Being overweight or obese has been linked to an increased risk of 13 different cancers, including bowel, breast, uterus and pancreas. Excess fat leads to inflammation in the body which promotes the growth of tumours and helps cancer cells divide. Fat cells also produce the hormone oestrogen, which can stimulate growth of tumours in the breast and womb. For this reason, the increased risk of cancer is more pronounced in women. Cancers associated with being overweight or obese are becoming more common, particularly in younger adults.
Not only that, but poor diet alone can also contribute to greater cancer risk. For example, eating too much red and processed meats has been linked to an increased chance of developing bowel cancer. On the flip side, a growing body of evidence suggests that eating a healthy, balanced diet containing fibre and a variety of fruits and vegetables actually reduces risk of several different types of cancer.
Eating the right diet and trying to maintain a healthy weight can both be great ways to lower your risk of many different types of cancer later in life.
4. Drink less
Alcohol is well known to increase risk of developing several cancers, including liver, breast and oesophagus. Although it’s the case that the more you drink, the greater the risk, it’s also thought that even moderate drinking contributes 100,000 cases to the annual worldwide burden of cancer. Although the effects of binge drinking haven’t been studied much, one study suggests moderate drinkers who regularly binge drink are up to 50% more likely to develop breast cancer. Smoking while drinking alcohol can also enhance the cancer-causing effects of smoking.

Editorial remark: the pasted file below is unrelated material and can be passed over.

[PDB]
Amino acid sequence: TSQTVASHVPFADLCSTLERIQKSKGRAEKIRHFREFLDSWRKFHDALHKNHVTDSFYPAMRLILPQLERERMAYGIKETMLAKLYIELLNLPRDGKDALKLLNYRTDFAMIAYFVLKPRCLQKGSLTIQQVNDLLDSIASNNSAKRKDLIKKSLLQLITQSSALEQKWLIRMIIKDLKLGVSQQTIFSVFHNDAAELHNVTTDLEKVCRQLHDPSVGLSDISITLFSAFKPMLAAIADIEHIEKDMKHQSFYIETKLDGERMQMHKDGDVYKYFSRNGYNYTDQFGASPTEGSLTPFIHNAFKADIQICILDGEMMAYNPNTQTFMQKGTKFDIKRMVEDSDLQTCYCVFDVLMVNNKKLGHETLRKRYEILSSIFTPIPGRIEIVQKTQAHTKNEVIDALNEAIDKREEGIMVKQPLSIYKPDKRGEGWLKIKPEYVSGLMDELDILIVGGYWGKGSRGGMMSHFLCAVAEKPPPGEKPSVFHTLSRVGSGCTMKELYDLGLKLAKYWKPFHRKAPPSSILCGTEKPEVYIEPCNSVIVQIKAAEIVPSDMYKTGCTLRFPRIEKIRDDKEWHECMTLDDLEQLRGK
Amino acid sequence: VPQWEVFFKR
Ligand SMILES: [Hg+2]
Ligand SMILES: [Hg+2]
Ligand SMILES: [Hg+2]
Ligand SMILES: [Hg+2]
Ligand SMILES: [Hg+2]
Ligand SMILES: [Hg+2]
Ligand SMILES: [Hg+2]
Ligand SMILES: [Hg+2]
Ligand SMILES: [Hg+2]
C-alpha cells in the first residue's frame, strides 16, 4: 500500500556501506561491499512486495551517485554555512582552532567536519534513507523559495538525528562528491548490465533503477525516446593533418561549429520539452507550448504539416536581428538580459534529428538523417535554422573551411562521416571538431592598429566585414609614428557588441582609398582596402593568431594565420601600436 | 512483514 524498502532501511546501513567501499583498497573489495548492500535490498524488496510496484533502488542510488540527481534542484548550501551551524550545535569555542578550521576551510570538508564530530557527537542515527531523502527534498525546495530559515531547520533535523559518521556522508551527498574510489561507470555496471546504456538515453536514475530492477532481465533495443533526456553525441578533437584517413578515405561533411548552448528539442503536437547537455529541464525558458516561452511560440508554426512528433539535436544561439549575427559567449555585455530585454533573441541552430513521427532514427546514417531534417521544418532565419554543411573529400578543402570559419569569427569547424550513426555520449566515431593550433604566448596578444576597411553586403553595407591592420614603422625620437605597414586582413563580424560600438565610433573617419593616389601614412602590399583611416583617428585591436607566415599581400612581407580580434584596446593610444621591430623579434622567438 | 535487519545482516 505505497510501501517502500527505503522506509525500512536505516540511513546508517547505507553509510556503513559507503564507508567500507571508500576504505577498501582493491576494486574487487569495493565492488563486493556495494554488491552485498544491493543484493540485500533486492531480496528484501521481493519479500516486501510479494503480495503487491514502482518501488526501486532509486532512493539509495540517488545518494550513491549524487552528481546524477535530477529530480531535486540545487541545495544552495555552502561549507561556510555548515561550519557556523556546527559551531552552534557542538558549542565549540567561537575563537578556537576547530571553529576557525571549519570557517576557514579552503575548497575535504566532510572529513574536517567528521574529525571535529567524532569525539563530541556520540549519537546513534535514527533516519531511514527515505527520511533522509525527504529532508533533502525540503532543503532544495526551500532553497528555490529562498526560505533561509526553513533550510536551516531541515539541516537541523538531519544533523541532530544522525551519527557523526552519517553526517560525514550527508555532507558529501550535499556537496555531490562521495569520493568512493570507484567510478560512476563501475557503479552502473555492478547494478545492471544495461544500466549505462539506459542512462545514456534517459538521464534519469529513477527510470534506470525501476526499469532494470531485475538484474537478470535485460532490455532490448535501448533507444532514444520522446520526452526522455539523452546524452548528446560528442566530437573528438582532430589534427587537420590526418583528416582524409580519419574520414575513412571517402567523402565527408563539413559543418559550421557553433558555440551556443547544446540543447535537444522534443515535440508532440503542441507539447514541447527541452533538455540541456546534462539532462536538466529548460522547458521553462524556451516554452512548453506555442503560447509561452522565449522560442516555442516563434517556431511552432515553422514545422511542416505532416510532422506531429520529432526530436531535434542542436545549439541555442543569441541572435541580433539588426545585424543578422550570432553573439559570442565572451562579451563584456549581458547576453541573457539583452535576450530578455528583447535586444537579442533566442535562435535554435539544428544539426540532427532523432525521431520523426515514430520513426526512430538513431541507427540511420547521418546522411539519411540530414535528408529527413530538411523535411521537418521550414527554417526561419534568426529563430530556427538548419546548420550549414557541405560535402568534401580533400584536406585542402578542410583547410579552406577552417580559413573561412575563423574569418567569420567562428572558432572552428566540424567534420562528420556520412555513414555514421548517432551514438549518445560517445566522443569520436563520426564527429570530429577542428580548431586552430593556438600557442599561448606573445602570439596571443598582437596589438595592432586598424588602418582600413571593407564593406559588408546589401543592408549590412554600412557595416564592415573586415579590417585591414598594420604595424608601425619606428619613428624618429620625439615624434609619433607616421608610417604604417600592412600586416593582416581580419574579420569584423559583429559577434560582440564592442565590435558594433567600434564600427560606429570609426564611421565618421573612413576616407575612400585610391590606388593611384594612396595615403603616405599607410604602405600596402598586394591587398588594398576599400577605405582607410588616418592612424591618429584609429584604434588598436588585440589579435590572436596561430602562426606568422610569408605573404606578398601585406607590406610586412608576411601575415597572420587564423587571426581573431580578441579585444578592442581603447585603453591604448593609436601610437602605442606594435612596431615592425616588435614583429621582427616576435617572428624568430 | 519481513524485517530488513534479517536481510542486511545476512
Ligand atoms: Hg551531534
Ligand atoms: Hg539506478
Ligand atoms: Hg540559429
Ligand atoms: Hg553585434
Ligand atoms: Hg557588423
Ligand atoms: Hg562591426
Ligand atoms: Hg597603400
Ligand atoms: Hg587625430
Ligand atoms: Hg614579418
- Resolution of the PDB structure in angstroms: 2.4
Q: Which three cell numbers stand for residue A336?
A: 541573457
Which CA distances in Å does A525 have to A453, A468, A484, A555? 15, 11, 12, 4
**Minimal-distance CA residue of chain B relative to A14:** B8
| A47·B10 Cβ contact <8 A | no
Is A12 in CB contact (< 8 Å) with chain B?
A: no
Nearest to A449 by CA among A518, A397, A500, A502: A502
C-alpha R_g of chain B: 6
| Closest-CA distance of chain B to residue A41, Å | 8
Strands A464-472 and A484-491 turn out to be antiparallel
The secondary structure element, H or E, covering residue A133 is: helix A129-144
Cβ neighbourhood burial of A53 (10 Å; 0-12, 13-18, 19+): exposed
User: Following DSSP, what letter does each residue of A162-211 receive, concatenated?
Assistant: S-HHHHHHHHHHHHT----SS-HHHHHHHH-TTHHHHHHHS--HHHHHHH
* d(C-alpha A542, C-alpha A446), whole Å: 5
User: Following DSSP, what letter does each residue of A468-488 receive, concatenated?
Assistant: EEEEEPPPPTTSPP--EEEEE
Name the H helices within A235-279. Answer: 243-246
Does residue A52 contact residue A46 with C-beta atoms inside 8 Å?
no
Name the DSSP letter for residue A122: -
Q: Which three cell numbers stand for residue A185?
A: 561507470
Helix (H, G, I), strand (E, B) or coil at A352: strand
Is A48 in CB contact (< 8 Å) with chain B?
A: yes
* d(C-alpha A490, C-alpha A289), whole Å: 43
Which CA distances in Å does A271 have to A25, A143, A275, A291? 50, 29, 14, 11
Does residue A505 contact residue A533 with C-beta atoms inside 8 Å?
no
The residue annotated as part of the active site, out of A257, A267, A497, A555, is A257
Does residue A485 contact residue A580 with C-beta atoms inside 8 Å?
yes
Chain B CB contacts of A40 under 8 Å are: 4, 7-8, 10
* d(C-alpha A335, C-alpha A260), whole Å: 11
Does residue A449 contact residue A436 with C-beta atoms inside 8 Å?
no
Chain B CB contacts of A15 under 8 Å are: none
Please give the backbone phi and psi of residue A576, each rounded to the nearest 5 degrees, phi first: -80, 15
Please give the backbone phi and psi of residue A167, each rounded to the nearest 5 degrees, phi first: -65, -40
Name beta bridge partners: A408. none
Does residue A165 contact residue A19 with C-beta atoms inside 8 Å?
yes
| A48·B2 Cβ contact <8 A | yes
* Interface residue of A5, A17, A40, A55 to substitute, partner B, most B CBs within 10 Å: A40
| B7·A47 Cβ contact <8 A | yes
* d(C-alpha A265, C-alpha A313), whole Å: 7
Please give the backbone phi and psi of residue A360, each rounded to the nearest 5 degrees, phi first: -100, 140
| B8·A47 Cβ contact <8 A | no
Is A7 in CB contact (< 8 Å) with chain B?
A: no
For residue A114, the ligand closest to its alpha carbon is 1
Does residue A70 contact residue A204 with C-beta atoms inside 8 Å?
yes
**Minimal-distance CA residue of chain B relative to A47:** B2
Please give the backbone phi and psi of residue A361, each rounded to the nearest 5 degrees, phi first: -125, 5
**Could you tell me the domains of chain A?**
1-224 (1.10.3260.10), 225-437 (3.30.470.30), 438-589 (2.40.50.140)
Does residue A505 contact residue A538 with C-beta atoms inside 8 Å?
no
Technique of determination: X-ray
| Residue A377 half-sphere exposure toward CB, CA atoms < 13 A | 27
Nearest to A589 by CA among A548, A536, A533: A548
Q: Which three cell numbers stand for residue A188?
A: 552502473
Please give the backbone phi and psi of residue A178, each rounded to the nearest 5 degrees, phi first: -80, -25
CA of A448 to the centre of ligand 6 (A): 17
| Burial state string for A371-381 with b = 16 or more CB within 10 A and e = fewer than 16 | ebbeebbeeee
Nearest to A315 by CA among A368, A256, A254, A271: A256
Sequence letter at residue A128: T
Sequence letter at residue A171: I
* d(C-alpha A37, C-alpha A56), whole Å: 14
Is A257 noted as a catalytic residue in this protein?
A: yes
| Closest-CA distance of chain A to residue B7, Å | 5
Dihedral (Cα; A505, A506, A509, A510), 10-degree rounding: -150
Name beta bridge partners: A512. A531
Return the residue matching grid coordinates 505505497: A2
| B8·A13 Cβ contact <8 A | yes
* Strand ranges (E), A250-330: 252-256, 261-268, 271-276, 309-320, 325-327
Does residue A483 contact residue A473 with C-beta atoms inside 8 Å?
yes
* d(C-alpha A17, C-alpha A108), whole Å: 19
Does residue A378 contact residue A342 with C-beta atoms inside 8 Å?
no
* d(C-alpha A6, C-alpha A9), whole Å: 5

Cutting down the amount you drink – or eliminating it entirely – will help decrease your risk of developing cancer. The NHS recommends that you drink no more than 14 units of alcohol a week (approximately 6 pints or 10 small glasses of wine), and that you aim to have several days without a drink each week.
5. Wear sunscreen
Skin cancer is one of the most common cancers diagnosed in the under 40s. It’s also become more common over the past few decades.
The primary cause of skin cancer is ultraviolet radiation – either from the sun or tanning beds. Since the effects of UV radiation are cumulative, the areas of our skin most often exposed to the sun (such as our face) are most likely to develop skin cancer. On top of these cumulative effects, a bad sunburn when you’re young can specifically increase your risk of developing the most dangerous form of skin cancer.
You can protect yourself from skin cancer by using sun protection whenever you’re out in intense sun. This includes wearing hats, covering up with long clothes and applying a sunscreen of at least SPF 15, bearing in mind that no sunscreen offers 100% protection. This is particularly important for people who are at increased risk of skin cancer, such as those with fair skin and a tendency to freckle.
The best ways to reduce your risk of many types of cancer are also linked with better health in general. Other ways that you can improve your overall health and fitness while protecting against cancer include being physically active and avoiding air pollution.
Sarah Allinson receives funding from North West Cancer Research and the Engineering and Physical Sciences Research Council.